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The 11 most uninspiring Premier League mid-season manager appointments

Alan Pardew
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Gary Megson (Bolton, 2007)

Bolton tried and failed to recruit Steve Bruce, Graeme Souness and Chris Coleman before settling on Megson in October 2007. Megson soon set about sucking all the fun out of an underperforming Wanderers side who had qualified for Europe the previous year.

Nicolas Anelka was sold to Chelsea in the January transfer window, while despite reaching the last 16 of the UEFA Cup for the first time in their history, Megson opted to field a weakened side against Sporting Lisbon in order to focus on an upcoming six-pointer with Wigan.

Bolton duly lost to a 10-man Latics team and while they survived and went on to achieve a 13th place finish the following year, by December 2009 Megson was relieved of his duties with the club struggling and the manager having failed to win over the fans.

Rene Meulensteen (Fulham, 2013)

A respected first-team coach who earned plaudits for his work behind the scenes at Manchester United under Sir Alex Ferguson, Meulensteen first rocked up at Craven Cottage in November 2013 as head coach under Martin Jol. Though press speculation was rife that Meulensteen was being groomed for the top job, Jol initially dismissed such claims – until he was ousted less than three weeks later after a run of five straight defeats.

Fulham fans were immediately worried, especially when reports emerged of bizarre coaching techniques in his previous managerial job at Brondby, where Meulensteen would encourage players to connect with their ‘spirit animal’. Meulensteen made a slothful start, winning just four of his 17 games in charge. By February 2014 he was gone, with the equally disastrous Felix Magath arriving in his place.

Paul Jewell (Derby, 2007)

Jewell took the reins at Pride Park in November 2007 against the advice of David Moyes, who had urged him to turn down the Derby job having witnessed, first-hand as Everton boss, just how bad Billy Davies’s Rams team were.

However Jewell had been in this position before, successfully steering both Bradford and Wigan away from Premier League relegation. Moyes was convinced Derby, who had only won once before the sacking of Davies, would struggle to claim another victory that season. He was right too.

Despite a raft of January signings that included Robbie Savage, Laurent Robert, and Roy Carroll, Jewell failed to register a single Premier League win as Derby boss and they went down with a record-low 11 points. Jewell would later describe 2008 as “the worst year of my life”. Most Derby fans would probably agree.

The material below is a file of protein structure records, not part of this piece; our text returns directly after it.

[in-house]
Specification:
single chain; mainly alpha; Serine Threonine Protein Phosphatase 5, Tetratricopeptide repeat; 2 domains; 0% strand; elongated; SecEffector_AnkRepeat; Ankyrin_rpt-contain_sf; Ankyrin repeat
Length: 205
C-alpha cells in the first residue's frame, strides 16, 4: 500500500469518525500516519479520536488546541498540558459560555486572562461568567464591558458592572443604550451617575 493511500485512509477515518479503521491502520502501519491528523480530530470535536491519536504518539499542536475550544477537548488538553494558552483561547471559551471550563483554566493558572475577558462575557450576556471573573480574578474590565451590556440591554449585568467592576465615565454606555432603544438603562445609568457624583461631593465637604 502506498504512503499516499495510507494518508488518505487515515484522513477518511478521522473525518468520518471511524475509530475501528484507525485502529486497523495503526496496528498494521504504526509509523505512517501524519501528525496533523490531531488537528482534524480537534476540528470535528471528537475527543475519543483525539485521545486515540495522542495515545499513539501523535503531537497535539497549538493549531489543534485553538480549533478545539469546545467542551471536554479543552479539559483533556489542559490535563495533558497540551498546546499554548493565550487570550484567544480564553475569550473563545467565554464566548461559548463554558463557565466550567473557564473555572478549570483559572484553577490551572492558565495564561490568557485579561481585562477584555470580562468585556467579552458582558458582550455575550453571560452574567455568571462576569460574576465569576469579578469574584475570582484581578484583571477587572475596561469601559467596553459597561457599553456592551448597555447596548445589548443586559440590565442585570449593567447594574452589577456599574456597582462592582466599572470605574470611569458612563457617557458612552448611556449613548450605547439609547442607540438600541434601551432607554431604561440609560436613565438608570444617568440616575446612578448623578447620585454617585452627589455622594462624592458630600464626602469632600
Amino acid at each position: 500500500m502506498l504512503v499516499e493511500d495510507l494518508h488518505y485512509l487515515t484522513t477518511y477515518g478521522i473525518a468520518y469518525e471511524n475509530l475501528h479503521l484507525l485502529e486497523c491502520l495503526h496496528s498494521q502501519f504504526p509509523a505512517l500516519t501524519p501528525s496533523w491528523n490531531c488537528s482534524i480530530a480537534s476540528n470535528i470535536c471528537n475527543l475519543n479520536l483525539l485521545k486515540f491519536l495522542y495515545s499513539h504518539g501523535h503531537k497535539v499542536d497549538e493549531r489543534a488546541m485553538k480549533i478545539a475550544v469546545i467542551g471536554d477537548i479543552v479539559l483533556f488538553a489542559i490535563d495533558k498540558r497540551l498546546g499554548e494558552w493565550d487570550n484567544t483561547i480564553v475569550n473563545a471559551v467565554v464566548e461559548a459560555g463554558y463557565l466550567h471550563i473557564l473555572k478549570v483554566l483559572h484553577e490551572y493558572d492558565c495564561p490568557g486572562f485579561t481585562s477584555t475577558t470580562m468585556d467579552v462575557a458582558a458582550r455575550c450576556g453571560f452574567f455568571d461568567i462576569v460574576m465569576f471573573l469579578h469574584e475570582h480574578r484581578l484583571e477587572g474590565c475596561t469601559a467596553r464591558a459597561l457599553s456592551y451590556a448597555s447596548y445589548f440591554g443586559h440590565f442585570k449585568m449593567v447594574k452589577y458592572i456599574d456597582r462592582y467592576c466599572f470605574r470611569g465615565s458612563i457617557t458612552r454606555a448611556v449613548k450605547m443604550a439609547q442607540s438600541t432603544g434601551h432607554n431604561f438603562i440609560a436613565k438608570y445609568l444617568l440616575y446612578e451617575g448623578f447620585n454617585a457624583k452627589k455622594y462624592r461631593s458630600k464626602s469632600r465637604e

Christian Gross (Tottenham, 1997)

After seeing the impact made by Arsene Wenger at Arsenal, Tottenham chairman Alan Sugar decided to go continental with his replacement for the outgoing Gerry Francis. Despite enjoying some success with Grasshoppers in Switzerland, Gross’s appointment was a big shock. In his first press conference, he appeared like a rabbit-in-the-headlights, brandishing a London Underground ticket, referring to it as the “ticket to the dreams”.

It proved to be more of a nightmare. Gross lost his first game as Spurs boss to newly promoted Crystal Palace and went on to oversee a 6-1 thumping at the hands of Chelsea. Though he survived that first season in charge, defeats in two of their first three Premier League fixtures the following year saw him given the elbow.

Terry Connor (Wolves, 2012)

Wolves fans endured a torrid 2012 that began with the sacking of Mick McCarthy in February following an abject 5-1 home defeat at the hands of bitter rivals West Brom that came off the back of a run of one win in 13 games.

But while chief executive Jez Moxey was keen to calm any anxieties by insisting the job would be given to an experienced manager, supporter concerns grew when it was decided that Terry Connor, McCarthy’s former assistant and a man with no managerial experience, would take over until the end of the season.

What followed was an astonishing run of 13 games, four points and precisely zero wins under Connor, who looked out of his depth from the off and cut an emotional, teary-eyed figure in his final press conference after the club's Championship relegation was confirmed.

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